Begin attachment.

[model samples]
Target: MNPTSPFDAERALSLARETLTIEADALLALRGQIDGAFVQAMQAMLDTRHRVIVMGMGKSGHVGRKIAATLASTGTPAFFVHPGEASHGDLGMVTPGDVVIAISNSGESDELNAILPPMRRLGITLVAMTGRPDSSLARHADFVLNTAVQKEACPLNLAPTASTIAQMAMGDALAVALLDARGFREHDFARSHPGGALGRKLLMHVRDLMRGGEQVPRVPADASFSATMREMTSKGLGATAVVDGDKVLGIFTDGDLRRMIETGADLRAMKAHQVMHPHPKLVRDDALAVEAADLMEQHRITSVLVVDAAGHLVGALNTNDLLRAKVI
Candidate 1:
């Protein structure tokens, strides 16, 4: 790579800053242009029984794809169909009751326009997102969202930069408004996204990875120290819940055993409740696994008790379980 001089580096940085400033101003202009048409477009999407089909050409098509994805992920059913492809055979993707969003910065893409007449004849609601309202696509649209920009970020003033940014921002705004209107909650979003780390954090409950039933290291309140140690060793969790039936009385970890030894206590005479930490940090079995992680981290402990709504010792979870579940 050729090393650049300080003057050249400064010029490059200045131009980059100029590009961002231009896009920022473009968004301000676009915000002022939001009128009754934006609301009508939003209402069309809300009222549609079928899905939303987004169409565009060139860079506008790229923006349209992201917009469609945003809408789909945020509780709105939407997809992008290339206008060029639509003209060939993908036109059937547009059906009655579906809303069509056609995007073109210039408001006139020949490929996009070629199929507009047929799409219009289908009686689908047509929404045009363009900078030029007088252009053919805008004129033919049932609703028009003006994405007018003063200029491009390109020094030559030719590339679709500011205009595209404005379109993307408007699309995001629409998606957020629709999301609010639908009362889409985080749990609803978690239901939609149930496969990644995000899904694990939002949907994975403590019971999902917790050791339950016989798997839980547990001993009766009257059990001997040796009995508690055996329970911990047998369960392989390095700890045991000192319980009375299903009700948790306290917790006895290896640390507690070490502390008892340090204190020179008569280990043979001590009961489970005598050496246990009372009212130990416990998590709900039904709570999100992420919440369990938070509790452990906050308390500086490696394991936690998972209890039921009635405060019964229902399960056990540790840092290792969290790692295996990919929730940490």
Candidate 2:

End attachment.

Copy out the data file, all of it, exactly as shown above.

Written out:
[model samples]
Target: MNPTSPFDAERALSLARETLTIEADALLALRGQIDGAFVQAMQAMLDTRHRVIVMGMGKSGHVGRKIAATLASTGTPAFFVHPGEASHGDLGMVTPGDVVIAISNSGESDELNAILPPMRRLGITLVAMTGRPDSSLARHADFVLNTAVQKEACPLNLAPTASTIAQMAMGDALAVALLDARGFREHDFARSHPGGALGRKLLMHVRDLMRGGEQVPRVPADASFSATMREMTSKGLGATAVVDGDKVLGIFTDGDLRRMIETGADLRAMKAHQVMHPHPKLVRDDALAVEAADLMEQHRITSVLVVDAAGHLVGALNTNDLLRAKVI
Candidate 1:
């Protein structure tokens, strides 16, 4: 790579800053242009029984794809169909009751326009997102969202930069408004996204990875120290819940055993409740696994008790379980 001089580096940085400033101003202009048409477009999407089909050409098509994805992920059913492809055979993707969003910065893409007449004849609601309202696509649209920009970020003033940014921002705004209107909650979003780390954090409950039933290291309140140690060793969790039936009385970890030894206590005479930490940090079995992680981290402990709504010792979870579940 050729090393650049300080003057050249400064010029490059200045131009980059100029590009961002231009896009920022473009968004301000676009915000002022939001009128009754934006609301009508939003209402069309809300009222549609079928899905939303987004169409565009060139860079506008790229923006349209992201917009469609945003809408789909945020509780709105939407997809992008290339206008060029639509003209060939993908036109059937547009059906009655579906809303069509056609995007073109210039408001006139020949490929996009070629199929507009047929799409219009289908009686689908047509929404045009363009900078030029007088252009053919805008004129033919049932609703028009003006994405007018003063200029491009390109020094030559030719590339679709500011205009595209404005379109993307408007699309995001629409998606957020629709999301609010639908009362889409985080749990609803978690239901939609149930496969990644995000899904694990939002949907994975403590019971999902917790050791339950016989798997839980547990001993009766009257059990001997040796009995508690055996329970911990047998369960392989390095700890045991000192319980009375299903009700948790306290917790006895290896640390507690070490502390008892340090204190020179008569280990043979001590009961489970005598050496246990009372009212130990416990998590709900039904709570999100992420919440369990938070509790452990906050308390500086490696394991936690998972209890039921009635405060019964229902399960056990540790840092290792969290790692295996990919929730940490």
Candidate 2: